Anyone who saw TimeLine Theatre’s smash hit The History Boys will experience a slight sense of deja vu in watching The Pitmen Painters, the company’s new show at its home space. (TimeLine’s excellent A Walk in the Woods continues at Theatre Wit.) Like its predecessor, Lee Hall’s play places British class conflict within the confines of a classroom. This approach allows a playwright to distill the many strains of inter-class interaction into a single potent mouthful, the better to demonstrate the system’s distorting effect on everyone compelled to participate in it. It’s an effective device, no doubt about it, but one that could quickly become over-familiar. Fortunately, under BJ Jones’s strong direction, The Pitmen Painters feels fresh as well as powerful, with any History Boys echoes serving only to make this play’s truths ring louder.
The play, based on a true story, follows a group of coal-mine employees in Northumberland during the Depression whose Workmen’s Education Association art class turns into a lifelong creative project, and into a national sensation. The play explores not only the development of the miners’ self-confidence and sensibility but the growing tension between them and their art teacher, a young painter of posh background whose own career has stalled. Mr. Lyon (Andrew Carter, as ably conflicted here as when he portrayed David Frost in TimeLine’s Frost/Nixon) genuinely has the best interests of this group of talented amateurs at heart, but he can’t seem to avoid condescending to them, as when he describes their work as an example of what “the masses” can do. Nor can he resist taking advantage of them, using his documentation of their achievements to sustain the rest of his career.
So though on the surface the play suggests a simple inspirational story, underneath there’s a thick seam of class distinctions, and beneath that the bedrock question of authority. Who’s responsible for artistic work? Who owns it? Who is entitled to tell its story, or the story of the people who made it? As the play is based on the dissertation the real Lyon actually wrote, it’s hard to wish he hadn’t been so free in discussing the men’s work as though it were his own. At the same time, any temptation the audience might feel to regard Lyon as carrying the London Man’s Burden and lifting up the wretched of the earth is closed off by each miner’s strong individual artistic and moral stance. Particularly in his focus on Oliver Kilbourn (the excellent Dan Waller), the most capable of the students, playwright Hall compels us to see the integrity required to blossom from diffident cap-in-hand dabbler to an artist self-confident enough to refuse patronage. Even the largely comic-relief role of Harry Wilson (James Houton), who quotes Karl Marx in and out of season, eventually serves to highlight the power of the miners’ collective efforts. These men derive their strength from one another and from themselves, not from the upper-crust tourists who come to gawk at them and their work as if visiting the zoo.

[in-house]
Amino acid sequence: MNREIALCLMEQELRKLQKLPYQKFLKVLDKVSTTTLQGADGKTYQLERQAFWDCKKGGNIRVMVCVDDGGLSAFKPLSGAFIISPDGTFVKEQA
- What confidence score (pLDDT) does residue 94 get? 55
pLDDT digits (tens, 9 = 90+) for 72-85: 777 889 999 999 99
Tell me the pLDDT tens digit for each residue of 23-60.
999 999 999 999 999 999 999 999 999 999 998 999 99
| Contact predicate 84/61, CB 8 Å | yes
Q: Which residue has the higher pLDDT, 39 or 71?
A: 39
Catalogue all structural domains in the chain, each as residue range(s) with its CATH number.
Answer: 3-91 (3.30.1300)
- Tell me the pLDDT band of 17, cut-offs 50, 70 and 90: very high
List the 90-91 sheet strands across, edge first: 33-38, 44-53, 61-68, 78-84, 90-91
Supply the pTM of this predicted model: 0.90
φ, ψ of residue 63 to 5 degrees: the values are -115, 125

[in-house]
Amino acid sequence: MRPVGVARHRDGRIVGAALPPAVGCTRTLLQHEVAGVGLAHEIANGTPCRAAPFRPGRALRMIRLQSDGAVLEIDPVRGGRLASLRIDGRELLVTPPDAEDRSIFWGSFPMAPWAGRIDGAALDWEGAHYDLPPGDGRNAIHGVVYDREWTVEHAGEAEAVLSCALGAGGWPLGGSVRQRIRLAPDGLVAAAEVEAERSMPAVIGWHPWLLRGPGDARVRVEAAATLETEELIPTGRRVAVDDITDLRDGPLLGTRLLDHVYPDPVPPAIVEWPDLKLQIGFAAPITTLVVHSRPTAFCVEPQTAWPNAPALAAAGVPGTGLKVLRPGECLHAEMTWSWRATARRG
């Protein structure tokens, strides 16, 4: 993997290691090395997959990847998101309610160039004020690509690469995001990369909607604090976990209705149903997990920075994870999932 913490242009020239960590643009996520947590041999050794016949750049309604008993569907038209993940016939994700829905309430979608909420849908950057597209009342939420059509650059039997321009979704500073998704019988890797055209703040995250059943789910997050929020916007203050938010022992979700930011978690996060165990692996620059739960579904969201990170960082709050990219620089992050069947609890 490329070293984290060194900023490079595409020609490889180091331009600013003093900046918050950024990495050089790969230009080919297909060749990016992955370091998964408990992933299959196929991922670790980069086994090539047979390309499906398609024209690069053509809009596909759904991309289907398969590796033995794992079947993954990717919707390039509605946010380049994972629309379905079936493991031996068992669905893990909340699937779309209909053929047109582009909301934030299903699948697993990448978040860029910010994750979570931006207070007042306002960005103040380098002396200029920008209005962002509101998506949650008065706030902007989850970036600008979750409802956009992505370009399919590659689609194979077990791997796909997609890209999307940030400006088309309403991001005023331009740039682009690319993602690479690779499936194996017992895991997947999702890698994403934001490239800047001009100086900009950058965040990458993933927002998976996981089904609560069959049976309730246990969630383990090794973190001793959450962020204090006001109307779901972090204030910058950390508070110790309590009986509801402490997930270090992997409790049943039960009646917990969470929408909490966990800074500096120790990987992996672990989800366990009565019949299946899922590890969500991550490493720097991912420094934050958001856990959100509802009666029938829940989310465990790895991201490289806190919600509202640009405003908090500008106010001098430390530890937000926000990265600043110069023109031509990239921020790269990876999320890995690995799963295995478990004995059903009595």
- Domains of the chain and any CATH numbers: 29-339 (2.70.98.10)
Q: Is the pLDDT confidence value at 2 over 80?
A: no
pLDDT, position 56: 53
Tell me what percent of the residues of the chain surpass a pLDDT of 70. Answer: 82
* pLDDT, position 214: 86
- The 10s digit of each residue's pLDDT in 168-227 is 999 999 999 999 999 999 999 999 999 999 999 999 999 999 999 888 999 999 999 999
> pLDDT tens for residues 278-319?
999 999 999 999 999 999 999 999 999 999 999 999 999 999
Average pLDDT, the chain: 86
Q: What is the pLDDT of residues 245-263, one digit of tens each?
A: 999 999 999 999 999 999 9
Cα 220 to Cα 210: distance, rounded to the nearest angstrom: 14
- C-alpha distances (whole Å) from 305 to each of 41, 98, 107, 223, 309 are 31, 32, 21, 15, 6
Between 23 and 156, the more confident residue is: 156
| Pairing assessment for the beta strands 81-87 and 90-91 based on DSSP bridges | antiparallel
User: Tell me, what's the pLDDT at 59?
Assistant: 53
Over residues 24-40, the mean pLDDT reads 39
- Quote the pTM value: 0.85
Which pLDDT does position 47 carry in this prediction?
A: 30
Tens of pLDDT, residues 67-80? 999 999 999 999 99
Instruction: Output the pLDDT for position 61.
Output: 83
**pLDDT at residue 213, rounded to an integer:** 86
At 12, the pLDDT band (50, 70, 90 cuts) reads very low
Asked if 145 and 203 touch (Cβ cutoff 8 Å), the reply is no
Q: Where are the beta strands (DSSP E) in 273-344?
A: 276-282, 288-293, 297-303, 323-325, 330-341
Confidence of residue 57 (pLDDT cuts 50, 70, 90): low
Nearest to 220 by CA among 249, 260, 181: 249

Mike Tutaj’s projections, which so enhance A Walk in the Woods, are likewise essential here, enabling the audience to engage with the men’s work as intimately as they do themselves. There are moments when this engagement seems almost Monty Python-esque, as when one miner accuses another of “mere bourgeois formalism;” but, as with most TimeLine work, whatever is comic serves mostly to underline serious ideas. You’ll walk away from the show thinking about things that hadn’t occurred to you before, including the life of the English coal-miner (as starkly laid out in Diana Spoerl’s lobby display of enlarged black-and-white photos from inside the Ashington Coal Mine) and the multiple roles that art plays in people’s lives—and that people play in each other’s lives.
You’ll also leave thinking—again—about the role of education in the British class struggle. While The Pitmen Painters is a classic TimeLine show in the best sense—thoughtful, history-based and smart—the company might now consider leaving that particular subject alone before the phrase “a classic TimeLine show” comes to be a stereotype instead of an accolade.